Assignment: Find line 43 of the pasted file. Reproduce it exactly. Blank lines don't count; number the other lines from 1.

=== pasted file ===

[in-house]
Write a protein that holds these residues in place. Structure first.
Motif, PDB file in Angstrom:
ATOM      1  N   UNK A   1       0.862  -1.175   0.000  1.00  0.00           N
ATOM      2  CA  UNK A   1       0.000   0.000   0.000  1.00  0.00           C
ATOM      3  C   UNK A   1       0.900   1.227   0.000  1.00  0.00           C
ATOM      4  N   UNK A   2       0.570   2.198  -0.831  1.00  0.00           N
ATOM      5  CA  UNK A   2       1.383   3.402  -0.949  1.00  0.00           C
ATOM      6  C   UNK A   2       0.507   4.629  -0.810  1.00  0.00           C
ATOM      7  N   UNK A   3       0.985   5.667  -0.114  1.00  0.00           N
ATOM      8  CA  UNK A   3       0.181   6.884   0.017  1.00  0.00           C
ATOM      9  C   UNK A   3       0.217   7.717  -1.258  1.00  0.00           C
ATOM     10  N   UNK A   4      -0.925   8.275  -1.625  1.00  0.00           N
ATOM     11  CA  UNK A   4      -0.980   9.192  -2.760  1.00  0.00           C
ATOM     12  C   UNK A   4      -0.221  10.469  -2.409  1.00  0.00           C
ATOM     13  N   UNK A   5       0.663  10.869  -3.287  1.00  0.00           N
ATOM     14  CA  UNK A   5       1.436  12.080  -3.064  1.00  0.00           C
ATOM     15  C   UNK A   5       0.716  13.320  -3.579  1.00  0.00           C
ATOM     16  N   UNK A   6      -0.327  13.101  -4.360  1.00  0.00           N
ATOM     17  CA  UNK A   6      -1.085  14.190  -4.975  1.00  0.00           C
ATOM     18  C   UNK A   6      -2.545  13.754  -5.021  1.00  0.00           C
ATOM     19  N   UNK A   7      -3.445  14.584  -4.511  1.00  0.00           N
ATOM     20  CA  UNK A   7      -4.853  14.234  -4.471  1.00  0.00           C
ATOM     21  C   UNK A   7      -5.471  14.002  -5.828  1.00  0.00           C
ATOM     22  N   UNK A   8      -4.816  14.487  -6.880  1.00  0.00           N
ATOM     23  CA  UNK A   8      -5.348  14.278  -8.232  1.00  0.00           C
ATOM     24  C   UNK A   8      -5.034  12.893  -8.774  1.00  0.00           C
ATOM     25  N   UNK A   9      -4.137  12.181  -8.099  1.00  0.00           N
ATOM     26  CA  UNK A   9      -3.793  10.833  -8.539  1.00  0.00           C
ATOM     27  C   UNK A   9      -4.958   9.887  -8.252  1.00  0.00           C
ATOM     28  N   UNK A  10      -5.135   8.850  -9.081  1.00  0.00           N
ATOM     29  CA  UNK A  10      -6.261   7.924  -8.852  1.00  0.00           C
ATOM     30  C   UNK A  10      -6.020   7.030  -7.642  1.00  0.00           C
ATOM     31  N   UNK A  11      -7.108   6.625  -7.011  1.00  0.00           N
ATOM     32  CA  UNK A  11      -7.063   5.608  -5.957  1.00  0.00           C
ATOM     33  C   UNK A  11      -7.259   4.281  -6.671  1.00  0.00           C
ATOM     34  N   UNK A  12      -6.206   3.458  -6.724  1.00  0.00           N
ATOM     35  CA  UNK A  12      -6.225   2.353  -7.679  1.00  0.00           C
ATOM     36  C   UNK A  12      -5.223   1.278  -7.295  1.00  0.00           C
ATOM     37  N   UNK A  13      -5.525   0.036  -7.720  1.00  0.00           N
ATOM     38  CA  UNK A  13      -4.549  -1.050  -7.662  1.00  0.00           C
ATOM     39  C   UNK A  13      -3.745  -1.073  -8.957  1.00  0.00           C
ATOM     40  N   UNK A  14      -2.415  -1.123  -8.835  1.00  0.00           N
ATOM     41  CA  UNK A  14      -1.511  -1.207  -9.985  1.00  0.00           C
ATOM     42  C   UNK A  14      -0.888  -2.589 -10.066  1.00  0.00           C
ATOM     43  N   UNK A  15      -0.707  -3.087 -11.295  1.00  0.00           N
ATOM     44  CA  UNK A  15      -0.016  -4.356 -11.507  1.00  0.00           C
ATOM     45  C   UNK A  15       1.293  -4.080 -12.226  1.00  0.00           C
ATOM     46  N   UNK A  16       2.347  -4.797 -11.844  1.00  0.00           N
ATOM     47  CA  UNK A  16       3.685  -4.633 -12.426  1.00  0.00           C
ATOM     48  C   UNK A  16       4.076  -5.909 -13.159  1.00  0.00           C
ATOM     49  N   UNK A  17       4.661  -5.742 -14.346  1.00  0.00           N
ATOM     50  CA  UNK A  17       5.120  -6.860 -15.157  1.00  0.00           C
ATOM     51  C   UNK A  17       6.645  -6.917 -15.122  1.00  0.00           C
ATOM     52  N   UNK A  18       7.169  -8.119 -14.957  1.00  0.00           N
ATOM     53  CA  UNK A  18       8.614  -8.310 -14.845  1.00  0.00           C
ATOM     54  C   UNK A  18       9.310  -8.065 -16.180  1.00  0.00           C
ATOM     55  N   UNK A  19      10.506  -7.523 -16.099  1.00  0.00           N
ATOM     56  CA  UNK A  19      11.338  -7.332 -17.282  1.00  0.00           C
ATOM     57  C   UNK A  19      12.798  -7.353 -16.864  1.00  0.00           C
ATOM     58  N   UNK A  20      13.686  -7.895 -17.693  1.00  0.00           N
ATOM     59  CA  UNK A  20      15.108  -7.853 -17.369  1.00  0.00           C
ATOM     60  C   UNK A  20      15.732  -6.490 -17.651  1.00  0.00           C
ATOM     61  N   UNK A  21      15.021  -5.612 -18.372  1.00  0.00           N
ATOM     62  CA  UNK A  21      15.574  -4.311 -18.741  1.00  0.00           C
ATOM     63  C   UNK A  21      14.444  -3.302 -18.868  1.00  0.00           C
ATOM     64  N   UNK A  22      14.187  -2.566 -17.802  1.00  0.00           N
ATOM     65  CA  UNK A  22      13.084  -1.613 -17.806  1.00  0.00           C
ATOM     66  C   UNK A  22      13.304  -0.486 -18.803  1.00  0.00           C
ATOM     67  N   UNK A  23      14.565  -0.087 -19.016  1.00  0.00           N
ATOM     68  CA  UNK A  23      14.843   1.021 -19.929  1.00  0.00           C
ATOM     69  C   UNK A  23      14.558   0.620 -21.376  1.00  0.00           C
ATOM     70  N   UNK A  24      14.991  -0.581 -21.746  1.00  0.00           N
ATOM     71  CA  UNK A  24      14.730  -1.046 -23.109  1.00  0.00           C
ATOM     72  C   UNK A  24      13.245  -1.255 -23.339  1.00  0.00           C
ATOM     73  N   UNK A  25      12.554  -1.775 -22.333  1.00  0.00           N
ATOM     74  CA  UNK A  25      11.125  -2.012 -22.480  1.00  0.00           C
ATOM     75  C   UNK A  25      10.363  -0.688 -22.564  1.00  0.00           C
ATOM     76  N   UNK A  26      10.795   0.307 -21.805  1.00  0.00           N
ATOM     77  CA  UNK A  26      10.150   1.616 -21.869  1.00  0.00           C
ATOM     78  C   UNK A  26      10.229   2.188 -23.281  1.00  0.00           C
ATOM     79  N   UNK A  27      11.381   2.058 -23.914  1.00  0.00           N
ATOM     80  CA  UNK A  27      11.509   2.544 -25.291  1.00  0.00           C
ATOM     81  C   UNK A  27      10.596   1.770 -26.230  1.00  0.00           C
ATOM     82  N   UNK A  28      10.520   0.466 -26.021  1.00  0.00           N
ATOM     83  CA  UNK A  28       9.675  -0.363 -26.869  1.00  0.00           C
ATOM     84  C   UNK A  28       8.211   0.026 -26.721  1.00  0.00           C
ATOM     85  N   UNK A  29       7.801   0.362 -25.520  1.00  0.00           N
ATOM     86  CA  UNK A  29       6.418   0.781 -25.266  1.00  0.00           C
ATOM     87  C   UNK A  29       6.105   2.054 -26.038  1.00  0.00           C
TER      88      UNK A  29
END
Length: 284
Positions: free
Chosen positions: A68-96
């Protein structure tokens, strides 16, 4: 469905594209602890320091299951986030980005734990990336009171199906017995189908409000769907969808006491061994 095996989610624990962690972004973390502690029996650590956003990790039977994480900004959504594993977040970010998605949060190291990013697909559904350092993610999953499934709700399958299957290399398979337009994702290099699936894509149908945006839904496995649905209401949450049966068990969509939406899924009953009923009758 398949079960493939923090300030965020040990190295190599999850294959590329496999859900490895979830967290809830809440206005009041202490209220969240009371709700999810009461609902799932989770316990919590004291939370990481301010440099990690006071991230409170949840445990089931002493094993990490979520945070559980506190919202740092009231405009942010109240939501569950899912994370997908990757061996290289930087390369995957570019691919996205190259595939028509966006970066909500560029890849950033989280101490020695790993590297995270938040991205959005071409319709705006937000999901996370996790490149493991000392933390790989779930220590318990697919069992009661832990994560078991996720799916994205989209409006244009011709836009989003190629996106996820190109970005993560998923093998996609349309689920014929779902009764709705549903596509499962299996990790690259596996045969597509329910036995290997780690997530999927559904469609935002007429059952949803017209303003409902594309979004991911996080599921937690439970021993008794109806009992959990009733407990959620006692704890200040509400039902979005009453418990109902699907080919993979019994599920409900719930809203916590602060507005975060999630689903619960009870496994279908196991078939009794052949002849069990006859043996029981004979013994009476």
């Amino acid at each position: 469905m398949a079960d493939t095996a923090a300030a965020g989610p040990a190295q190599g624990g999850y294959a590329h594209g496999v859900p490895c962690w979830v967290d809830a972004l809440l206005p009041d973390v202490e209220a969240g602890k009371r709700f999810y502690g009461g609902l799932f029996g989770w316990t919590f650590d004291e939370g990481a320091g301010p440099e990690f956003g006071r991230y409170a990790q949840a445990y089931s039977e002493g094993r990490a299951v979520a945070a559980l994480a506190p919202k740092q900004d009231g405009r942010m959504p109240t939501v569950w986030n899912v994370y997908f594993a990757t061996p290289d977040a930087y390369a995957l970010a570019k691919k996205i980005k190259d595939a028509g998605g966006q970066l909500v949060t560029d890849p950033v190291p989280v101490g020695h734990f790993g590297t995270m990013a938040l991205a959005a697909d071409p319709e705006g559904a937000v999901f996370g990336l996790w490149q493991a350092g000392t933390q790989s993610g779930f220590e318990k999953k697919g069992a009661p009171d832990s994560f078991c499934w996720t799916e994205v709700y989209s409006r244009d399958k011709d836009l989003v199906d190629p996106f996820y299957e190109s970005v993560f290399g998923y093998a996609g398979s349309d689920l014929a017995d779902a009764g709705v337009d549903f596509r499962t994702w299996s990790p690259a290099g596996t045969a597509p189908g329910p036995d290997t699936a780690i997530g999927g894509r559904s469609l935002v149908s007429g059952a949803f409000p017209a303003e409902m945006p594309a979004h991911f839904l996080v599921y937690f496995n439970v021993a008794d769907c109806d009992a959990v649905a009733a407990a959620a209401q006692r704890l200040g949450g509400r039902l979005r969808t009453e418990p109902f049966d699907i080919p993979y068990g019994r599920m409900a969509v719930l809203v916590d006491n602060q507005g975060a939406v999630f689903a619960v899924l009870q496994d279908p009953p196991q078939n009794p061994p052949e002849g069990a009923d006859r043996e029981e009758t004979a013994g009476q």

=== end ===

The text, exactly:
ATOM     40  N   UNK A  14      -2.415  -1.123  -8.835  1.00  0.00           N